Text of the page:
New scientific research indicates that bacteria may affect the heart. People with periodontal disease, a bacterial infection, may be more at risk for heart disease.
While further research is needed, preliminary findings suggest that people with periodontal disease may be significantly more at risk for fatal heart attacks. More than 20% of Americans have heart disease. Please advise us of any medical conditions, including heart disease. Your periodontal health may affect your overall health. New research indicates that infections in the mouth, such as periodontal disease, may also be associated with increased risk of respiratory infection such as pneumonia and bronchitis. While further research is needed, you are well advised to maintain good periodontal health which is part of your overall health.
Scientists have known for some time that people with diabetes are more likely to have periodontal disease. New research indicates a two-way connection: periodontal disease may make it more difficult for diabetics to control their blood sugar. Additional studies are underway, but findings suggest that controlling periodontal disease may help people control diabetes. New evidence also suggests that pregnant women who have periodontal disease may be up to seven times more likely to have a baby that is born premature and at a low birthweight.
Periodontal disease is an infection, and all infections are cause for concern among pregnant women because they pose a risk to the health of the baby. We advise all pregnant women — and all women of childbearing age — to come in for a periodontal screening examination. Although the possible links between periodontal disease and premature, low birth weight babies is still not fully understood, we want to do our part to keep mother and baby as healthy as possible.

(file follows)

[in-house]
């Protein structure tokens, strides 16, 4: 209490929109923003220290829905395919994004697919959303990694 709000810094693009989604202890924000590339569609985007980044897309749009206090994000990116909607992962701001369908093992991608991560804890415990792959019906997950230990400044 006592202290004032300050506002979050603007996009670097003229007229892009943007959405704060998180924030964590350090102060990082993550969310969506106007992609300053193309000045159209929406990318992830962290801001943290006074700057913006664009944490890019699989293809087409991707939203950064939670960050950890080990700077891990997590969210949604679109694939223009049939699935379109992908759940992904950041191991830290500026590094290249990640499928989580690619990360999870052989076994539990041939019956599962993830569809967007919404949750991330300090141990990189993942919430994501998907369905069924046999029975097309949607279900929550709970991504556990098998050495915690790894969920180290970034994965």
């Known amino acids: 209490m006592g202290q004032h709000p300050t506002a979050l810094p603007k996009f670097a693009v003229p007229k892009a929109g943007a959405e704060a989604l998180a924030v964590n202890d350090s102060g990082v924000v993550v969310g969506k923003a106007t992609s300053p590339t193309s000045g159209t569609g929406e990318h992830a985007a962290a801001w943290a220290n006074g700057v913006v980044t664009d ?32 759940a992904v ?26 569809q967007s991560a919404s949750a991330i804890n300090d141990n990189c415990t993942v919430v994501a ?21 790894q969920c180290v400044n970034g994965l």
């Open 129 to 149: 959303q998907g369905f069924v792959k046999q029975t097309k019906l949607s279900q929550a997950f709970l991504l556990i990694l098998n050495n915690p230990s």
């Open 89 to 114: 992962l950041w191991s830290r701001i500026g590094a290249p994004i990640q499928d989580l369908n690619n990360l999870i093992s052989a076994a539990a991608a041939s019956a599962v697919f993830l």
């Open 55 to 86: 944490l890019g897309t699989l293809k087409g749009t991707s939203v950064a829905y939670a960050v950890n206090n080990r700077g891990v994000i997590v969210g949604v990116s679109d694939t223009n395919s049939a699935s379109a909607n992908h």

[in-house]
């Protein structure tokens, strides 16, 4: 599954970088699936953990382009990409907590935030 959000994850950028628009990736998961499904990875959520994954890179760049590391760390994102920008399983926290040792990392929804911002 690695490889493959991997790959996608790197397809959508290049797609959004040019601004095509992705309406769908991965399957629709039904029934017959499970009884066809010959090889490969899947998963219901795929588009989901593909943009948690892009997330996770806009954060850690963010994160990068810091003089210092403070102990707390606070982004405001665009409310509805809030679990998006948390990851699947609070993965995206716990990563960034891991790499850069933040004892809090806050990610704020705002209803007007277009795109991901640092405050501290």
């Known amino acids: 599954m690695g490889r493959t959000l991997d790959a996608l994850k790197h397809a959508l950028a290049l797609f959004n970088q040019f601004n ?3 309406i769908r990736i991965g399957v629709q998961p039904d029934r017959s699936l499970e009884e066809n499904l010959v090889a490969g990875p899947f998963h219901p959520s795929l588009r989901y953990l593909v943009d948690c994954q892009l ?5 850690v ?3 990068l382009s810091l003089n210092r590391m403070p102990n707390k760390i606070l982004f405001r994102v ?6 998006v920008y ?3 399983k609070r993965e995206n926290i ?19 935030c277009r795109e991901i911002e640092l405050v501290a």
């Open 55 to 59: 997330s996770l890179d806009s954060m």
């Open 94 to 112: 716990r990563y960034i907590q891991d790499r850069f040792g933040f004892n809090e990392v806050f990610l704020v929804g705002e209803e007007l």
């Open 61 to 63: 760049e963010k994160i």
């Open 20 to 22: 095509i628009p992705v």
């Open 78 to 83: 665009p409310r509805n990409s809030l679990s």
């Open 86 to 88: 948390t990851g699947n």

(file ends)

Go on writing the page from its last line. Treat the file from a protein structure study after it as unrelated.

The bacteria that cause periodontal disease are not confined to the mouth. They are carried throughout the blood stream and have the potential to cause health problems that appear in other parts of the body.
Please feel free to ask us if you have any questions about the potential links between periodontal disease and other systemic diseases.
IS THERE A CURE FOR PERIODONTAL DISEASE?
The good news is that periodontal disease is treatable and preventable. We provide you with professional care in our office and instructions on proper home care. Working closely with your general dentist, we want to help you achieve an optimal level of oral health.
CAN ANYTHING BE DONE ABOUT RECEDING GUMS OR "LONG" TEETH?
We are concerned foremost with your health. However, some of the procedures we perform are intended not only to control disease, but to provide you with a cosmetic benefit. Some patients may look older than their years because their teeth appear to be too long (“long in the tooth”). Soft tissue grafts and other root coverage procedures are designed to cover exposed roots and make the teeth look much better.